And there’s precedent for onshore tax free zones. In 1989, the Hon. Mary Collins (then Assoc. Minister of National Defence and M.P. for Capilano-Howe Sound) decided that she was going to pick up the challenge of getting Finance to agree to designate Vancouver as an International Maritime Centre. I drafted letters to every relevant Cabinet Minister, and the argument was simple enough: there were no global shipping HQs in Canada, but many wanted to reflag here. The parent companies currently pay no worldwide tax as 3rd party goods travel between major international ports, but there are lots of high-paying white collar jobs at stake if you made the changes required to bring these shipping conglomerates to Canada, while preserving the tax-free status of the parent companies.
It took two years, and lots of presentations to people like Benoit Bouchard, Don Mazankowski and Mike Wilson, but working with the International Maritime Centre staff paid off. Vancouver is now a global centre for shipping headquarters, with 20 different operations; from zero in 1988. Canada didn’t lose a nickel of corporate tax, there was no leakage, and the dozens of foreign employees that moved to B.C. with their firms are all happy local taxpayers themselves. Helping to make Vancouver than much more of a global city.
The parallels to the opportunity with international hedge funds is eery. Rather than move ore between North America and Asia, funds move money. They currently pay no tax themselves anywhere, but their investors eventually do. The very sensible argument that attracted TeeKay Shipping (now a $2 billion revenue company headquartered in downtown Vancouver) should work for the U.S. hedge fund industry. And Canada already knows that this can be done without the sky falling in.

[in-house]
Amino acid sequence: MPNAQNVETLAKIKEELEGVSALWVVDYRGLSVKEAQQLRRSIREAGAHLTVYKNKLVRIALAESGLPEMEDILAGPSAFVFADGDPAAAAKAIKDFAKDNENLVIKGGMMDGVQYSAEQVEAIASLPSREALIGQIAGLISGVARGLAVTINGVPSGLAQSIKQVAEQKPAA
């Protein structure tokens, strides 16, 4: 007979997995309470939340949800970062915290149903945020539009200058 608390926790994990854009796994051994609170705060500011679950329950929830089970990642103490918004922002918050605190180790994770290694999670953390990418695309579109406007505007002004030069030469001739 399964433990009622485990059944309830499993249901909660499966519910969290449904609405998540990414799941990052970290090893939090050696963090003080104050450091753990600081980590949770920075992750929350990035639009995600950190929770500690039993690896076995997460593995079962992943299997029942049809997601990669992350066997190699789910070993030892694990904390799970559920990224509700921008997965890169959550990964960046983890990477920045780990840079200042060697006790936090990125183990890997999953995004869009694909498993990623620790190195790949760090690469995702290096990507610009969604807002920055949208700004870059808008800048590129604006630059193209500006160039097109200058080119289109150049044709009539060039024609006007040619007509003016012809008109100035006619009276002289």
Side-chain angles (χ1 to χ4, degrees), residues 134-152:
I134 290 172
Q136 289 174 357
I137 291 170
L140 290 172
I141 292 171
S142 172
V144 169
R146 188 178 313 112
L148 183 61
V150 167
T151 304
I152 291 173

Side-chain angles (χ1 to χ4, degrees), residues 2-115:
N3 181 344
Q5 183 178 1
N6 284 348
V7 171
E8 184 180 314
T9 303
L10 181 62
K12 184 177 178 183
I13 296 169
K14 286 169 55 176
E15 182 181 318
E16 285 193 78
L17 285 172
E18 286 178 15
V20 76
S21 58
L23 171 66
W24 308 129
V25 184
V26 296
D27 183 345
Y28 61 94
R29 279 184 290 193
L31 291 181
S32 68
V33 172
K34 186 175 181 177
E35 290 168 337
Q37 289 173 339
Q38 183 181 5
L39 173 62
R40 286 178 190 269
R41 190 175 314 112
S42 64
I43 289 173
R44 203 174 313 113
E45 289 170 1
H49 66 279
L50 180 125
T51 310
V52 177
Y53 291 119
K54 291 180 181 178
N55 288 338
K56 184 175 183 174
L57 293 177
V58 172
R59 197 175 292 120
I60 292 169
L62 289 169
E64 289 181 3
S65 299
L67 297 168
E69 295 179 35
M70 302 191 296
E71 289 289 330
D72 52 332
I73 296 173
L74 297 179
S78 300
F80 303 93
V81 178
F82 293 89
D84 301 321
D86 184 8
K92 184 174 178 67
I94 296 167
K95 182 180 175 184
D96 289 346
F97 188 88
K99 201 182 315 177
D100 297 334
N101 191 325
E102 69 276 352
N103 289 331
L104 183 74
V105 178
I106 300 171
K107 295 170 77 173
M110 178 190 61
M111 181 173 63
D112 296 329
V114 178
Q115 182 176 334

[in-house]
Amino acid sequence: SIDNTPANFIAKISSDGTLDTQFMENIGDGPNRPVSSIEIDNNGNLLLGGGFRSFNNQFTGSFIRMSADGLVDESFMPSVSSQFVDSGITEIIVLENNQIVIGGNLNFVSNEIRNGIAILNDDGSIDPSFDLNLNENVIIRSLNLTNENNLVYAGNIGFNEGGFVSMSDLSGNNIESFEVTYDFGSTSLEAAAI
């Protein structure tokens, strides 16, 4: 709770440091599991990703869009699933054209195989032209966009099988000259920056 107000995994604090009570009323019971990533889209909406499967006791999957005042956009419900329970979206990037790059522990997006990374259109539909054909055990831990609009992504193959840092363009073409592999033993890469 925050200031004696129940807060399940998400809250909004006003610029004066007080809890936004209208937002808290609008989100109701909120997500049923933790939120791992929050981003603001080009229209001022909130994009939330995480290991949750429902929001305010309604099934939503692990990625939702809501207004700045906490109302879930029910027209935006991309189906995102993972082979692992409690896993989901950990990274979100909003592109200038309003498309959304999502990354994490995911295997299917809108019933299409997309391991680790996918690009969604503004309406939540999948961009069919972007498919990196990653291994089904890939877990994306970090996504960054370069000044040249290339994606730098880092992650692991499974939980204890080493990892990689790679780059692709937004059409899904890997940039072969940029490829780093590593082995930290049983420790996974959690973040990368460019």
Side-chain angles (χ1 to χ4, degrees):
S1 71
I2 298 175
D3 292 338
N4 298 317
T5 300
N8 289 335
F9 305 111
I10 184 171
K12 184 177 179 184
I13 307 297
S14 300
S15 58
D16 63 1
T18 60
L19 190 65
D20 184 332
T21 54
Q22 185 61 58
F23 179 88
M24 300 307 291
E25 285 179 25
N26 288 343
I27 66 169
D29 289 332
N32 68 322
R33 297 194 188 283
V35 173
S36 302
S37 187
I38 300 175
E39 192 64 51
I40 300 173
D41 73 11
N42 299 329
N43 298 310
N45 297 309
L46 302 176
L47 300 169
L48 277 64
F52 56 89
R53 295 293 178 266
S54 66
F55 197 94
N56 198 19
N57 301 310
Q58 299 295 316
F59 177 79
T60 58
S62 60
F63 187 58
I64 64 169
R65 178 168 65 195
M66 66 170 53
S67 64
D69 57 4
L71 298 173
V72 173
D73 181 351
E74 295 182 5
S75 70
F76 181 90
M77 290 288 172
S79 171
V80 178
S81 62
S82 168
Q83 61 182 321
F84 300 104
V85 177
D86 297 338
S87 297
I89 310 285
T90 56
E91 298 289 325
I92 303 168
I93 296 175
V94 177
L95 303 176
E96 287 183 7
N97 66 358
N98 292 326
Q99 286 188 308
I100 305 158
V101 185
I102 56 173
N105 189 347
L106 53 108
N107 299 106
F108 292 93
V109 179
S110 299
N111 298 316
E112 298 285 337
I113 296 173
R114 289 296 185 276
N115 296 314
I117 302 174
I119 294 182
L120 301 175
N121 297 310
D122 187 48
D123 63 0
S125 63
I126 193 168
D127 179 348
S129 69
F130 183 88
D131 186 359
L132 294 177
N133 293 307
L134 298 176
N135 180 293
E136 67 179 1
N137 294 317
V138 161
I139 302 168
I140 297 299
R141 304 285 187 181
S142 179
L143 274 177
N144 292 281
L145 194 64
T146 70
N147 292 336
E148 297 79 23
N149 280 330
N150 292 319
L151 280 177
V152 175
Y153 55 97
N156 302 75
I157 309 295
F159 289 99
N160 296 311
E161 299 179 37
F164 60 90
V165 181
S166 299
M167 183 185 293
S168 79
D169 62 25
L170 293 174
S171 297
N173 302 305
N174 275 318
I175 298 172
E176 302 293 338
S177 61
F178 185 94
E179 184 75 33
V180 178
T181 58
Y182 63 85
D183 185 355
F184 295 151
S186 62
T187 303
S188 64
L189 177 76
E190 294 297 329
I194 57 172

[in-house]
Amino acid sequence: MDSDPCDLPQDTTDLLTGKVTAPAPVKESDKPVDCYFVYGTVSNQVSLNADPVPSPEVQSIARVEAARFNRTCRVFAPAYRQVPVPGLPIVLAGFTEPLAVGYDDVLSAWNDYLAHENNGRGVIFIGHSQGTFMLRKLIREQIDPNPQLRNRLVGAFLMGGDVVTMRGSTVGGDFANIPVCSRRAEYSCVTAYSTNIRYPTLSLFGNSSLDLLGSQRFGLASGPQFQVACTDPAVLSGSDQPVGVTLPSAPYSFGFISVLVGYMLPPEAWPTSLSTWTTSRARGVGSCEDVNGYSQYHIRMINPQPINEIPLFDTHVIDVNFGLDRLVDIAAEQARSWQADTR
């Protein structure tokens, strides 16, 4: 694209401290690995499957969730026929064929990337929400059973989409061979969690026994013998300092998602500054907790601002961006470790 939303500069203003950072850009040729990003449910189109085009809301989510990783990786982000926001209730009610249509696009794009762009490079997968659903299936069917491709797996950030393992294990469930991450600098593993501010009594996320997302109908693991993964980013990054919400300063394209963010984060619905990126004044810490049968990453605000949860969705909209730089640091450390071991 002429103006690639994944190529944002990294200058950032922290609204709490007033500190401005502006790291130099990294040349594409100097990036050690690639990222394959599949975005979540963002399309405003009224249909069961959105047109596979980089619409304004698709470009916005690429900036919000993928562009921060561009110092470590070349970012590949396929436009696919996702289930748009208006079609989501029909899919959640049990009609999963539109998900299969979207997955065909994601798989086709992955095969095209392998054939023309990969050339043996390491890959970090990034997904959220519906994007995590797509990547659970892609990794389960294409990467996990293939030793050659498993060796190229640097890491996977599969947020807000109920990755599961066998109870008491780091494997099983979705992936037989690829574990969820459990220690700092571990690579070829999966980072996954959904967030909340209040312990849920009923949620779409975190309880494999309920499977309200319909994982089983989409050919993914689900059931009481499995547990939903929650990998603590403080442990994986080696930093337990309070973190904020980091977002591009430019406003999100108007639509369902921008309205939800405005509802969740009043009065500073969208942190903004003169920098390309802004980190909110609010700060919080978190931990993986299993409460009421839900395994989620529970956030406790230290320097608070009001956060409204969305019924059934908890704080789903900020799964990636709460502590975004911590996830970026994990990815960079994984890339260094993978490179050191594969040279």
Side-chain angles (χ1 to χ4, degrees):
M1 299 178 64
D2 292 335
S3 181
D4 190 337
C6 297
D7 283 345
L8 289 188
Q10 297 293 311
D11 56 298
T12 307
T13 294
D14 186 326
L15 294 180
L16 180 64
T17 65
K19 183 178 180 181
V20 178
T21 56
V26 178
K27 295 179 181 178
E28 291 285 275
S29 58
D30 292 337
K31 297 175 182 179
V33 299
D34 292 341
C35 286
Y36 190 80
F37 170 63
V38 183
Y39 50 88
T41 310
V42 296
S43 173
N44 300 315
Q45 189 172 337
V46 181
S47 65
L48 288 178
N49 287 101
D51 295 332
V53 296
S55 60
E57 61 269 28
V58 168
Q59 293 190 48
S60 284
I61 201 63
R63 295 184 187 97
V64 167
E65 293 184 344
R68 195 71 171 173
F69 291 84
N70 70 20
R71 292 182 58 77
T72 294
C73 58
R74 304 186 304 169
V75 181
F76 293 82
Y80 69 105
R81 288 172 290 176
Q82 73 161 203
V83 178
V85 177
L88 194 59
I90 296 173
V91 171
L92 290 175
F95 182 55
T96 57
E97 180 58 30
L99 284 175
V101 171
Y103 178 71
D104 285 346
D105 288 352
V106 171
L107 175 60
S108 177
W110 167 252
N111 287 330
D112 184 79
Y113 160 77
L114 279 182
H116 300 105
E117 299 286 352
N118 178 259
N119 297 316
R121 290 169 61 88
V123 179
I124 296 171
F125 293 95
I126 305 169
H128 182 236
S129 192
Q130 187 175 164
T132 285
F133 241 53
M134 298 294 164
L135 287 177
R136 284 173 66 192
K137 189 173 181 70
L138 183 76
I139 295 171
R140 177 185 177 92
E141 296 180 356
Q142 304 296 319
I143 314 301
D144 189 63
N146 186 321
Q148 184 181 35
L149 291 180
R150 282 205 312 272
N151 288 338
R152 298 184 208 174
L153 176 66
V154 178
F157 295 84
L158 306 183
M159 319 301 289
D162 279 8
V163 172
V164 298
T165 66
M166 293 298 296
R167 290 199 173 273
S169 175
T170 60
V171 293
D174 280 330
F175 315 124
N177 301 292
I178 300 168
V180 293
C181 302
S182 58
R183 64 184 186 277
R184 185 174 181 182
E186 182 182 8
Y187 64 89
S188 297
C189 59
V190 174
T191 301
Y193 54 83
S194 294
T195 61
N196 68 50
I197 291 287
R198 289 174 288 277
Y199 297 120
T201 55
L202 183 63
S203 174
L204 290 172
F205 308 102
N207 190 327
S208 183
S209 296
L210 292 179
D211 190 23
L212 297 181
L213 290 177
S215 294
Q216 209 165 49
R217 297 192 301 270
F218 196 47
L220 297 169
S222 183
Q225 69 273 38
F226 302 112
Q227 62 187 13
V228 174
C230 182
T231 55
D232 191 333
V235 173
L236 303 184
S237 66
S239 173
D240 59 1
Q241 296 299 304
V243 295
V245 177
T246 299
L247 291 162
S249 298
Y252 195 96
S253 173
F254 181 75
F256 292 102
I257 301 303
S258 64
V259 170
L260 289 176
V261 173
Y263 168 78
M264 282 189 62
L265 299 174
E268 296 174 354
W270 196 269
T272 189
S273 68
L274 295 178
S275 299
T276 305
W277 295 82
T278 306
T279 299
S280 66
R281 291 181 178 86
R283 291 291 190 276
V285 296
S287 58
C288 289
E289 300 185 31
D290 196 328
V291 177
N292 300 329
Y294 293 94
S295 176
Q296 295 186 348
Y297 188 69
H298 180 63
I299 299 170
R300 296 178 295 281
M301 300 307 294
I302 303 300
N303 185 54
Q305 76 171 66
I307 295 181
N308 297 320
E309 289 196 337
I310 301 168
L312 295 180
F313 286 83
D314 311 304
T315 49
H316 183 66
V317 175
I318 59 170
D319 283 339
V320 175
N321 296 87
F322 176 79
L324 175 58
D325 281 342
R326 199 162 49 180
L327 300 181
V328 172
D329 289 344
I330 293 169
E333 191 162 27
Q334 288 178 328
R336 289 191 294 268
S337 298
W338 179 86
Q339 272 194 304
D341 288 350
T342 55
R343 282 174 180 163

The bonus comes in the form of the carrot this would give Finance Minister Jim Flaherty with Canada’s much-needed common securities regulator. It would be easy to say that every province and territory that signs on to the National Regulator can also have its main business centre designated as an International Fund Management Centre, with tax free status available to each of the HQs of hedge firms that move to Canada from a tax haven abroad. Lawyers and Accountants from Vancouver, Calgary and Montreal who feared a loss of local business from the proposed National Securities Regulator might feel differently if they had 8,000 new corporate clients to market their services to. With one Cayman businessman being reported to have held 567 different hedge fund directorships himself, it seems to me there’s enough work for everyone.
The IMC worked for Vancouver, which was a natural location for the world’s shipping players. But Calgary, Toronto, Montreal, Winnipeg, Halifax, Saint John, etc. all have plenty of talent of a diferent sort. Our economy relies more on professional services jobs than ever. These are highly qualified, well-governed pros. It’s time we got more competitive as a Nation.
We share the same Queen as the Cayman Islands, after all, and a British Cabinet Minister is responsible for the outpost, so let’s not pretend our bureaucrats can’t figure this out. And fast.